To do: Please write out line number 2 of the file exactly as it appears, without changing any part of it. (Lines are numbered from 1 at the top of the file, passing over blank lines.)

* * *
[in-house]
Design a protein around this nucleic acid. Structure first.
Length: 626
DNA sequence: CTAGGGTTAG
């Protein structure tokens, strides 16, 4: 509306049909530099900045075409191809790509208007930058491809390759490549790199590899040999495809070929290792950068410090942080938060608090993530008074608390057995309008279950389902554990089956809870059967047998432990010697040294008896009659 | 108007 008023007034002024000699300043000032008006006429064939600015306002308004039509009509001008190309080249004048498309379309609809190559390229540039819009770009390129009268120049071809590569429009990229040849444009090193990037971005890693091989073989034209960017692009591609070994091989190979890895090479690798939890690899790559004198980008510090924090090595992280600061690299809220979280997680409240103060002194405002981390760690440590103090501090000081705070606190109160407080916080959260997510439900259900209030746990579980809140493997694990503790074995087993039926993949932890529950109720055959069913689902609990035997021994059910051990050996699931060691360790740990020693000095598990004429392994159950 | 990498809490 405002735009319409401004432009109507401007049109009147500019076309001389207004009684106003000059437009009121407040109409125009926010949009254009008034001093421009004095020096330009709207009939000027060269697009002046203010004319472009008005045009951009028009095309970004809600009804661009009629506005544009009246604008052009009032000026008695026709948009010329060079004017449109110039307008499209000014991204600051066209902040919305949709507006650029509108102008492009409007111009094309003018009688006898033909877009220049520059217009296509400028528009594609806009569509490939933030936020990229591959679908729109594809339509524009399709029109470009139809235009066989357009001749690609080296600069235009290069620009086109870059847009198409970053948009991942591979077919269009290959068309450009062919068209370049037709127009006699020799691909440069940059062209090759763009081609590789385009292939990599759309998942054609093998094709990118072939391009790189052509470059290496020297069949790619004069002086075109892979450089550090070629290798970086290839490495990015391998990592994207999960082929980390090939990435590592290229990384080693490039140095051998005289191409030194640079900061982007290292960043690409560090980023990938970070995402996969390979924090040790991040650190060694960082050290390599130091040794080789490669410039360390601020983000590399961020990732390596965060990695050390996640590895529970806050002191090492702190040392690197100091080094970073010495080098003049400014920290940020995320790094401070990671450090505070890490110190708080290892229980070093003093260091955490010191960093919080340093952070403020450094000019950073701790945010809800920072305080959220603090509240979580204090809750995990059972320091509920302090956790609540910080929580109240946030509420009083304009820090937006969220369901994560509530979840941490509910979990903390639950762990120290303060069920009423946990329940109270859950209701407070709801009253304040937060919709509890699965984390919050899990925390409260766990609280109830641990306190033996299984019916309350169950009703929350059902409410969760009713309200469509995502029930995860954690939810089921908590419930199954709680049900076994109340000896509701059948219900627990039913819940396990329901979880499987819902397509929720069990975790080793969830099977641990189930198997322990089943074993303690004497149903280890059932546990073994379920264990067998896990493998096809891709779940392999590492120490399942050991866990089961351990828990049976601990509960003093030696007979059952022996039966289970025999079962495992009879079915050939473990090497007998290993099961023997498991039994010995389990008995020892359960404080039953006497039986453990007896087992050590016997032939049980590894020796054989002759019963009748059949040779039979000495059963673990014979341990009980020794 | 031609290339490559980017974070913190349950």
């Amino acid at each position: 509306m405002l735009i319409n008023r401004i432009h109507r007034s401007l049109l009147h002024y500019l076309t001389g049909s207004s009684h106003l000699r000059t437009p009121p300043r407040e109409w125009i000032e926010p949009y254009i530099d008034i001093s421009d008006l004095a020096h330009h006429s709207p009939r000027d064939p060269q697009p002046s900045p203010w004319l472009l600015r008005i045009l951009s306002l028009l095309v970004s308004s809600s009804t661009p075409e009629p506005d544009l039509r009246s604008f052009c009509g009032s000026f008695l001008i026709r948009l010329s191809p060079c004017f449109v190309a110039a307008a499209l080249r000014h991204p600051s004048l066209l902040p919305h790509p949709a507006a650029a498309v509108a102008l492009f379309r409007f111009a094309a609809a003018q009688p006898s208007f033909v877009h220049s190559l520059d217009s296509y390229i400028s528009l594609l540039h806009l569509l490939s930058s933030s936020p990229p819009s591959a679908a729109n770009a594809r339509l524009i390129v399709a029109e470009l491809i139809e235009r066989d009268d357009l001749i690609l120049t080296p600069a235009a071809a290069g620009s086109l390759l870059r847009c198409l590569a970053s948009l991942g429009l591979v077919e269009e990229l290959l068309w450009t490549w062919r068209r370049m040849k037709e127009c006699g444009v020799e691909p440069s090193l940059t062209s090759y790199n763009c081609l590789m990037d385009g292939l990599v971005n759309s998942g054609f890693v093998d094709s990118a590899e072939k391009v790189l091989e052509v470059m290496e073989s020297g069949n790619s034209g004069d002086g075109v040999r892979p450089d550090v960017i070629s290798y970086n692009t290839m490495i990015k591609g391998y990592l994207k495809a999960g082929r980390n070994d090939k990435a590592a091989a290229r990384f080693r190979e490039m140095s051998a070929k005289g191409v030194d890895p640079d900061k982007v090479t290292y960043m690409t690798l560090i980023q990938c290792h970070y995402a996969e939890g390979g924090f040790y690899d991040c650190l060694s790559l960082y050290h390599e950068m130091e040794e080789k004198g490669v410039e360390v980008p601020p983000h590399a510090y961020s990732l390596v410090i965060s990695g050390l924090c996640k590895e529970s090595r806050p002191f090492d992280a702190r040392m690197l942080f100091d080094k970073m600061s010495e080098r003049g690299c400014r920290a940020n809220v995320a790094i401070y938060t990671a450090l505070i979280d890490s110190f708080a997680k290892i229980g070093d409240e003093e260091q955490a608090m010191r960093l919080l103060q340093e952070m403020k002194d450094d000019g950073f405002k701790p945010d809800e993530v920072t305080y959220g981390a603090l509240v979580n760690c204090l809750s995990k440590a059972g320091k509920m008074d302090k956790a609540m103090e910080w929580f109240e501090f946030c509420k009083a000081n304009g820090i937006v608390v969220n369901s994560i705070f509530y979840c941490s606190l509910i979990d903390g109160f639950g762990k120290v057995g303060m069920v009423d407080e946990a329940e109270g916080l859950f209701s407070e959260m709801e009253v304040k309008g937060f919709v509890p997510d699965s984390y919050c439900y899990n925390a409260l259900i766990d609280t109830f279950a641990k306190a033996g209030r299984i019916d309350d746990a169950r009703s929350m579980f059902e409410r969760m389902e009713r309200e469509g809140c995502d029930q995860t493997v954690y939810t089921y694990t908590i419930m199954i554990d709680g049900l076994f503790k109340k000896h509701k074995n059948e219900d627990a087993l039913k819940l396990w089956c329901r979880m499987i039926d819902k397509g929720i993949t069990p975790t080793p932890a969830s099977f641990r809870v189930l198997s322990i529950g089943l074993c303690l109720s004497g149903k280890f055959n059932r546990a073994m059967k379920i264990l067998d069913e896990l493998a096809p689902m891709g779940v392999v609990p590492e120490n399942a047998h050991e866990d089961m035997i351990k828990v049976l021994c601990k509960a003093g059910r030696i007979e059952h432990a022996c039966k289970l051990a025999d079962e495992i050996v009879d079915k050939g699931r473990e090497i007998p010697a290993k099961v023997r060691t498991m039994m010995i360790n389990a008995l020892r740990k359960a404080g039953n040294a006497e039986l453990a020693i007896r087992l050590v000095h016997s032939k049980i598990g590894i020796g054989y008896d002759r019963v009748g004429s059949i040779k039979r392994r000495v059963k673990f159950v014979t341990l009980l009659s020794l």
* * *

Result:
Design a protein around this nucleic acid. Structure first.